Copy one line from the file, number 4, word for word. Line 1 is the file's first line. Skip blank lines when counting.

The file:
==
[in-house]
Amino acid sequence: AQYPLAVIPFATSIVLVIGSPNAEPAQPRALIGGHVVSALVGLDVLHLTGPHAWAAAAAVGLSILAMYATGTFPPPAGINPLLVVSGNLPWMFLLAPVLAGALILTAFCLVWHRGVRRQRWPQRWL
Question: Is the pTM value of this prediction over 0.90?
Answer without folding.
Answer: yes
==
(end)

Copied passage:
Answer without folding.